4.2. Seasonal Relationship
Considering seasonal relationship, as the dengue cases in Bangladesh have a close relationship with seasonal variation, we classified the whole period within a narrower margin (3 years interval). Of the 40,476 cases reported from 2000 to 2017 (Table 4), less than 1% (0.94%) were in the pre-monsoon season. The dengue cases were mostly reported in the monsoon period (50%) and in the post-monsoon season (49%), and the peak season of dengue in Bangladesh is from July to October (Figure 3). The situation changed suddenly after 2014, when more dengue cases were reported in the early part of the year. Within the last three years (2015–2017), the dengue cases reported in the pre-monsoon season were seven times higher than that of the previous 14 years. More dengue cases were also reported in the post-monsoon period, which is unusual. This may be due to intermittent rainfall, early onset of the monsoon, and prolongation of the monsoon season throughout the year. This warrants more focused attention on the environmental aspects associated with dengue transmission, as during 2017, the number of dengue cases was reported comparably less throughout the year, but there emerged a huge outbreak of chikungunya virus for the first time in Bangladesh in Dhaka and other parts of the city.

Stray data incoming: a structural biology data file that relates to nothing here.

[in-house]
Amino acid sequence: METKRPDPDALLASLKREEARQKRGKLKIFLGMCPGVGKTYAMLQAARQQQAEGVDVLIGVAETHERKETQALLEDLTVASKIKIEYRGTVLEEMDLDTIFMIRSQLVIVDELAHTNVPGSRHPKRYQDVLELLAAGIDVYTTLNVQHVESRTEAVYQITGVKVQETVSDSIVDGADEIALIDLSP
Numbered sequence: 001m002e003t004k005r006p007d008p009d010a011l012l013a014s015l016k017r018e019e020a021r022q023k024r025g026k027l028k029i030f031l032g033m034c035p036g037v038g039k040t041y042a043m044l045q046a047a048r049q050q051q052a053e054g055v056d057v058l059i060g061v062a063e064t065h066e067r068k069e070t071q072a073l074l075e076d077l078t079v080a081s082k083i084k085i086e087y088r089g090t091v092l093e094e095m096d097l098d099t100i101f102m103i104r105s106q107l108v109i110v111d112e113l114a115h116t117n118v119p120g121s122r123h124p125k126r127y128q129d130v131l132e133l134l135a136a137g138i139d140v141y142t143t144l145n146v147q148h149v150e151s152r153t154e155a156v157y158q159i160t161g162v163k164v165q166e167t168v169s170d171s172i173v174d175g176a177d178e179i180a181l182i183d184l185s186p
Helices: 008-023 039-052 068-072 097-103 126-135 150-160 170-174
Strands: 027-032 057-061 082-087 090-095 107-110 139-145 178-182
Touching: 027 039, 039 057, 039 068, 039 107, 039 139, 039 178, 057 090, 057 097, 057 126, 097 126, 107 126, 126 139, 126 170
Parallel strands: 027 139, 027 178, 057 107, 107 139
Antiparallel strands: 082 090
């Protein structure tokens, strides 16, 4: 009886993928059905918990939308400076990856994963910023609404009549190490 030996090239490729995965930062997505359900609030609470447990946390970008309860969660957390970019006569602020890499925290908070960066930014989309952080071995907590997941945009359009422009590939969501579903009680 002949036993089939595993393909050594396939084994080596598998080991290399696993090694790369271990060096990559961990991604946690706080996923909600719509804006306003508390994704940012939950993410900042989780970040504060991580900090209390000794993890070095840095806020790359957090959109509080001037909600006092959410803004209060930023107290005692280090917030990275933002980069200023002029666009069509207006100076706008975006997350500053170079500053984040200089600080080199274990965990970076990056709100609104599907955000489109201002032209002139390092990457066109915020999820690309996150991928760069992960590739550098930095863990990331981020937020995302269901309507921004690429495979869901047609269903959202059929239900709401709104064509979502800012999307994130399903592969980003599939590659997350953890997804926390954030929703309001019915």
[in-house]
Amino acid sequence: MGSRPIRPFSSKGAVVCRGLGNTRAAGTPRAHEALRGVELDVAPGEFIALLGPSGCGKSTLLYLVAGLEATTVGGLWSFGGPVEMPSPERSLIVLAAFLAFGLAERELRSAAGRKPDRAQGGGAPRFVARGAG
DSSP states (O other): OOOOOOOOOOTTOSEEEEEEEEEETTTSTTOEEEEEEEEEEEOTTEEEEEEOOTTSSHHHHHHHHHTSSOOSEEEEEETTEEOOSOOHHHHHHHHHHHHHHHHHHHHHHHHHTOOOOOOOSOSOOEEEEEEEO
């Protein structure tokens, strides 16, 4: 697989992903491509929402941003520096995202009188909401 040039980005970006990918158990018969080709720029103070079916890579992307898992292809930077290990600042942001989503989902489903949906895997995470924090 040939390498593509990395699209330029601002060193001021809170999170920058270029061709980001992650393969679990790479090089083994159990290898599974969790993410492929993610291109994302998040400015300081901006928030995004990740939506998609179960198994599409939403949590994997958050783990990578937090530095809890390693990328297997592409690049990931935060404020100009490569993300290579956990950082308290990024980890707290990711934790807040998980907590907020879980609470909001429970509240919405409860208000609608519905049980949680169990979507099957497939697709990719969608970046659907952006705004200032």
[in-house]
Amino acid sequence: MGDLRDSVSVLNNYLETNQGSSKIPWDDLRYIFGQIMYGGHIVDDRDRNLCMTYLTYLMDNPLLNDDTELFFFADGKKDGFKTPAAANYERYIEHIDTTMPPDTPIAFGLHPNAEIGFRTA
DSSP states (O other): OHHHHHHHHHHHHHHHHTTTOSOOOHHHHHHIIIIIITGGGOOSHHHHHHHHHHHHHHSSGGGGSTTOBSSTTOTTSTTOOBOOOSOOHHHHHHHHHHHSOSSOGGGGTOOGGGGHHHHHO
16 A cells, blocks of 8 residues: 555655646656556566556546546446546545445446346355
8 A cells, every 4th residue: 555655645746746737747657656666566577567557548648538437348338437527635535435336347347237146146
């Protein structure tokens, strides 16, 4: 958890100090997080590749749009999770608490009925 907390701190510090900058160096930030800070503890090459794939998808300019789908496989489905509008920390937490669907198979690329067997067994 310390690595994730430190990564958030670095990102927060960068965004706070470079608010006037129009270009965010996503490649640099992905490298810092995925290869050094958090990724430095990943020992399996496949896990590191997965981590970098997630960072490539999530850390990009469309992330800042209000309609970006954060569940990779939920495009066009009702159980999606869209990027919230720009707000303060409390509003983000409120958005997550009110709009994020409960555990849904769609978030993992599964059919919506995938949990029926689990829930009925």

4.3. Climate Variation